Human suffering happens under two main conditions: when things are bad, and when things might be bad. The first condition is straightforward. The second, not so much. We suffer even when the possible catastrophe is only a possibility! Not only when we get dumped, but when we think we might get dumped. Not only when our parent dies, but when we think about this inevitable loss. How did we get this way?
Imagine there are two hominids out on the savanna, and in the distance they see a vague shape they cannot quite make out. The first hominid thinks it may be a blueberry bush. The second hominid says, “Wait, it could be a bear.” The first hominid ignores the warning and runs over to the shape, while the second heads back to the cave. Sure enough, the first guy was right! It was a blueberry bush and he returned to the cave blissful and purple faced. The second guy goes to sleep disappointed and hungry. This scenario plays out several more times, until one day, the first guy doesn’t return to the cave. That day the vague shape turned out to be a bear. So the second hominid learns it’s better to miss lunch than to be lunch.
Over time natural selection has passed along the cautious hominid’s genes, who learned that what’s bad is bad, and what is ambiguous is also bad, and anything bad ought to be avoided. Today we’re not so much worried about bears, but our brains are wired to avoid any kind of pain. So emotional pain is treated the same way. And not only emotional pain, but the possibility of emotional pain. The college student who worries about rejection so he stays in his dorm to avoid not fitting in. The neglected wife who stays in a loveless marriage because she is afraid of being lonely.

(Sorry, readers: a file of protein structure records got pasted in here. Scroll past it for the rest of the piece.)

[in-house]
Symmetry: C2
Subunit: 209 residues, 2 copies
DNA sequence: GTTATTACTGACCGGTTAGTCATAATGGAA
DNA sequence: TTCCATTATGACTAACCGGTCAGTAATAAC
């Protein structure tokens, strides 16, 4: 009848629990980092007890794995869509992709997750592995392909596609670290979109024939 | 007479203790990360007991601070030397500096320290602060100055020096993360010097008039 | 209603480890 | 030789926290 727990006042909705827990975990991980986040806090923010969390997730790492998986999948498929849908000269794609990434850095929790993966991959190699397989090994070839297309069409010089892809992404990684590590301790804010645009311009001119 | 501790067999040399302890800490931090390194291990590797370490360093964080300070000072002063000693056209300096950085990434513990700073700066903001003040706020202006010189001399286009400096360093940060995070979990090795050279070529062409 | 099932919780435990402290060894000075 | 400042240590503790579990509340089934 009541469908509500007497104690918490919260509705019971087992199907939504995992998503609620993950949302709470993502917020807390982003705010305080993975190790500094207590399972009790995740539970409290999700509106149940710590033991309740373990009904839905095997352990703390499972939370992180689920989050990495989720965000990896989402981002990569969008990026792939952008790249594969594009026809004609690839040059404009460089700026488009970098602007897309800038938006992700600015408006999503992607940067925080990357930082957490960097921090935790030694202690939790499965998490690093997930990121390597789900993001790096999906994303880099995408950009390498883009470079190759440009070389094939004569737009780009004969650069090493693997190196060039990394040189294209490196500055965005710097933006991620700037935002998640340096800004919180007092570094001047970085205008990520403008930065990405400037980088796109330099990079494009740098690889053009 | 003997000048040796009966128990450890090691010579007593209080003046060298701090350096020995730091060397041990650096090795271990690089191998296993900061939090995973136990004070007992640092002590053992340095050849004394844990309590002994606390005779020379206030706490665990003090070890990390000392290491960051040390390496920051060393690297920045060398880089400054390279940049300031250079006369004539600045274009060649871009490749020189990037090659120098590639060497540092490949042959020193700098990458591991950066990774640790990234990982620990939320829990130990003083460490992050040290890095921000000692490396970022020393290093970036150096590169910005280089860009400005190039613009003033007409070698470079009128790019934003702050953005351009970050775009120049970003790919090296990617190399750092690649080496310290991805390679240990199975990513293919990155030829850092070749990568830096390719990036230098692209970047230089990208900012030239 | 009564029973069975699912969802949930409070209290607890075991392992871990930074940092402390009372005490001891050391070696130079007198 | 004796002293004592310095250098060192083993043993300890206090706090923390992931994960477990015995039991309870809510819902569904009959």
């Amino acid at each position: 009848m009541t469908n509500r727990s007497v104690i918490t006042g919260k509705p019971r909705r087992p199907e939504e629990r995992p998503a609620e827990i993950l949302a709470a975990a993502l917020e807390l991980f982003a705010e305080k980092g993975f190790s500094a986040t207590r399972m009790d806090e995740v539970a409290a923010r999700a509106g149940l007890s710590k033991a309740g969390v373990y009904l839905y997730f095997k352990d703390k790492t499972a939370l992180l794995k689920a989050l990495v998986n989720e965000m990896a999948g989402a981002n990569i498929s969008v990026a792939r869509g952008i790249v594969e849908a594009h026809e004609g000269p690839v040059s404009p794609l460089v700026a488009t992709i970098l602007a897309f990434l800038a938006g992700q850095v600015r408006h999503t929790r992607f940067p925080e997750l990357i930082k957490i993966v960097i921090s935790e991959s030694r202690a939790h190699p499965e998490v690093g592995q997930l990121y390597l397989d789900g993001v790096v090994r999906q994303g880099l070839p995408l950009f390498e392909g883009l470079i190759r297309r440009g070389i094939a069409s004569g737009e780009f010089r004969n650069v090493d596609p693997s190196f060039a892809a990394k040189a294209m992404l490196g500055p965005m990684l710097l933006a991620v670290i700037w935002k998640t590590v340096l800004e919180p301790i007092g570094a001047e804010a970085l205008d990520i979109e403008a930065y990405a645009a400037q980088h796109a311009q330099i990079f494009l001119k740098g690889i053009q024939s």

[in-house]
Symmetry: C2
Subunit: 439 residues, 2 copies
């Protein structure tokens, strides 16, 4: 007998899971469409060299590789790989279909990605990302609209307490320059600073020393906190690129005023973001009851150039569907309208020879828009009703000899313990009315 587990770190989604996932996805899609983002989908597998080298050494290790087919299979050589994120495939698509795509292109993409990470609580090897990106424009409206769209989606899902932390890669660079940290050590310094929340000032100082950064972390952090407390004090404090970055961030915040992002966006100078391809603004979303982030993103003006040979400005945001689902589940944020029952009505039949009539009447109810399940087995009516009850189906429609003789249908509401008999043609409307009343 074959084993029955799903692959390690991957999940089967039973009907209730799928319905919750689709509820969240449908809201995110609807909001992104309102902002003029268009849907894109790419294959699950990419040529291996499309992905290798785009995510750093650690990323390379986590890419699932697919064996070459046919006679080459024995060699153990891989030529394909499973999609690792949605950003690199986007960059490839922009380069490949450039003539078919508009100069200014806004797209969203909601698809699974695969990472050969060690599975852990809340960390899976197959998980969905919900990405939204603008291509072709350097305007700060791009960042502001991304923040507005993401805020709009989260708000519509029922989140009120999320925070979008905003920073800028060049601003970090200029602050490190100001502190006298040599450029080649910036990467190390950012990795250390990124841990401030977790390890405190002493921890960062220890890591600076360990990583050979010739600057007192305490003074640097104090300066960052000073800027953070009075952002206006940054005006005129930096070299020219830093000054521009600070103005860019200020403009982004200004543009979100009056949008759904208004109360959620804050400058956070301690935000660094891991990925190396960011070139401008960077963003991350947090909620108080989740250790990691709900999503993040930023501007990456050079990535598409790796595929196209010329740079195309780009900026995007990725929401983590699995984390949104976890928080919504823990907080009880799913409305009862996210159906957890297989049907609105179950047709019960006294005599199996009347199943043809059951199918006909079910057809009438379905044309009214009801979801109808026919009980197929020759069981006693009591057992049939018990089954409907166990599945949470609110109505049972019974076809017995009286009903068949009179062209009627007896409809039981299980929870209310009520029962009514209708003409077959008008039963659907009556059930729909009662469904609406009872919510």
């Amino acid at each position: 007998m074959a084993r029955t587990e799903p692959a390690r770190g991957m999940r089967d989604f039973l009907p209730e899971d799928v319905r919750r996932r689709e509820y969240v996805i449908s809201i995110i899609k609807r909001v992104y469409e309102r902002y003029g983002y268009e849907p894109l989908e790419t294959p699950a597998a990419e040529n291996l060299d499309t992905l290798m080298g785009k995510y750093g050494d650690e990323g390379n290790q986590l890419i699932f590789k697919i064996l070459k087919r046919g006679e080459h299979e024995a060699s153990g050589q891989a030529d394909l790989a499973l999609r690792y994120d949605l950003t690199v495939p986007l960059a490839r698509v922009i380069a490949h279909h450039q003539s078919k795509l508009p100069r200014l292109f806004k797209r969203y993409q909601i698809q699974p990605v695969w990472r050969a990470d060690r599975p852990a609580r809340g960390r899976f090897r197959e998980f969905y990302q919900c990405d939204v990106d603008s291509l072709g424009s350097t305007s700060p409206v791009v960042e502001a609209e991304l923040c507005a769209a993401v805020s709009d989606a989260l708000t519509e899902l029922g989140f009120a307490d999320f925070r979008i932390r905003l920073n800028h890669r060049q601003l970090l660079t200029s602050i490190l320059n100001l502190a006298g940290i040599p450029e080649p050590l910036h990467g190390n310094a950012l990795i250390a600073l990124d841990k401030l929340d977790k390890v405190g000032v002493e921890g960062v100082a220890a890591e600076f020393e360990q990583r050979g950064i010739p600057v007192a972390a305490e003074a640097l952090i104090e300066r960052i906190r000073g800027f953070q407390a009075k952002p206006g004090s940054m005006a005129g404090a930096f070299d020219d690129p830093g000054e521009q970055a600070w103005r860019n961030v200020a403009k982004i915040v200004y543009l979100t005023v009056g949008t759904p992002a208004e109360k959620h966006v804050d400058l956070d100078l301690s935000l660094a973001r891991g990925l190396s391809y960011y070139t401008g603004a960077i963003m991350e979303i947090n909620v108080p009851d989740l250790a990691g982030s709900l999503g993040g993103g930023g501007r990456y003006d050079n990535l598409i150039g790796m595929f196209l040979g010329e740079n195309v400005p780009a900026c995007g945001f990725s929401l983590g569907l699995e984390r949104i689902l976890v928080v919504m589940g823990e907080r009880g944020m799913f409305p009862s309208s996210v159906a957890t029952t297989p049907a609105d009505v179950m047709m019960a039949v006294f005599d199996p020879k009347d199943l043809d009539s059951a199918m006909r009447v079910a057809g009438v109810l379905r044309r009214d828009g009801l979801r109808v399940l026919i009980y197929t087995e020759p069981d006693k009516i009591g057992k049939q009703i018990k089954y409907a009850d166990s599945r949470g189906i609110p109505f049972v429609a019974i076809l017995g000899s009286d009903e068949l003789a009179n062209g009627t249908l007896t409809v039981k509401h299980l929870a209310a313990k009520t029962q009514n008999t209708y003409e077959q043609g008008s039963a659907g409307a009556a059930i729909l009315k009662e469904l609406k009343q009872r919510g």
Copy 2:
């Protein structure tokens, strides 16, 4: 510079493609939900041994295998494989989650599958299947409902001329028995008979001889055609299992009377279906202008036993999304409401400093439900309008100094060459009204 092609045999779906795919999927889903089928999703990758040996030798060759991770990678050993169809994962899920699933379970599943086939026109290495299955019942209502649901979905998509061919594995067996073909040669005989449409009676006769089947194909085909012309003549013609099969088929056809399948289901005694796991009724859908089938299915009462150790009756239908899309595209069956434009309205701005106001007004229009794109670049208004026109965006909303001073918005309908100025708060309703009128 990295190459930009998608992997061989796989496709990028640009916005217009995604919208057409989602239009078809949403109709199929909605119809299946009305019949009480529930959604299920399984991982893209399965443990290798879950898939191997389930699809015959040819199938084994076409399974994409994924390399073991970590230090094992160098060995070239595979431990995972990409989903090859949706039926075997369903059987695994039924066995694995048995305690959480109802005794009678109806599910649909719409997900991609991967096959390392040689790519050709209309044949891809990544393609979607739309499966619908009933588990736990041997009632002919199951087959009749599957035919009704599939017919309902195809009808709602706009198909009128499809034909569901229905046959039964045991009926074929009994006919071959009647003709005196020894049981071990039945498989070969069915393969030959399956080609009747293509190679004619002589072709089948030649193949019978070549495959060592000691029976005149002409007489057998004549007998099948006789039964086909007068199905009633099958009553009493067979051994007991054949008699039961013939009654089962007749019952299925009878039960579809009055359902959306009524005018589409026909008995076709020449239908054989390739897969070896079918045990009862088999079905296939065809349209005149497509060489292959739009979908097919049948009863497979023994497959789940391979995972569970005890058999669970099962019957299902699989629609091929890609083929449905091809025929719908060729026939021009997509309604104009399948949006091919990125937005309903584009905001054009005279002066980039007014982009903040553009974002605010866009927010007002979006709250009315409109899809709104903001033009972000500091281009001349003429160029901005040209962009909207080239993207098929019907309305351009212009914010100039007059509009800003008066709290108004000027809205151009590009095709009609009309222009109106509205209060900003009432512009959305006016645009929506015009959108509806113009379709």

Are things really as certain as we would like them to be? If you stacked up all the things you were certain about and put them up against all the things you were uncertain about, which pile would be taller? And if each pile represented the scope of your vitality, which would you prefer to live in? But it turns out, many of us prefer the limited scope. Even if the abundant life is rife with possibilities for adventure, passion, and love, many will give that up for some good old certainty. Living in those predictable walls keeps the threat of danger at bay, but it can end up being a prison of our own making.
Kelly Wilson, in his book Mindfulness for Two, states, “Most of the things in life we truly care about are very ambiguous, and if we can’t tolerate ambiguity, we are doomed to act in the service of its elimination.” So what’s the alternative? What if we learned to love ambiguity? To open up to it and appreciate it. To see what it has to offer that certainty does not. What more might you experience if you weren’t consumed with efforts to escape the unknown?
Written by Jiovann Carrasco, LPC-S
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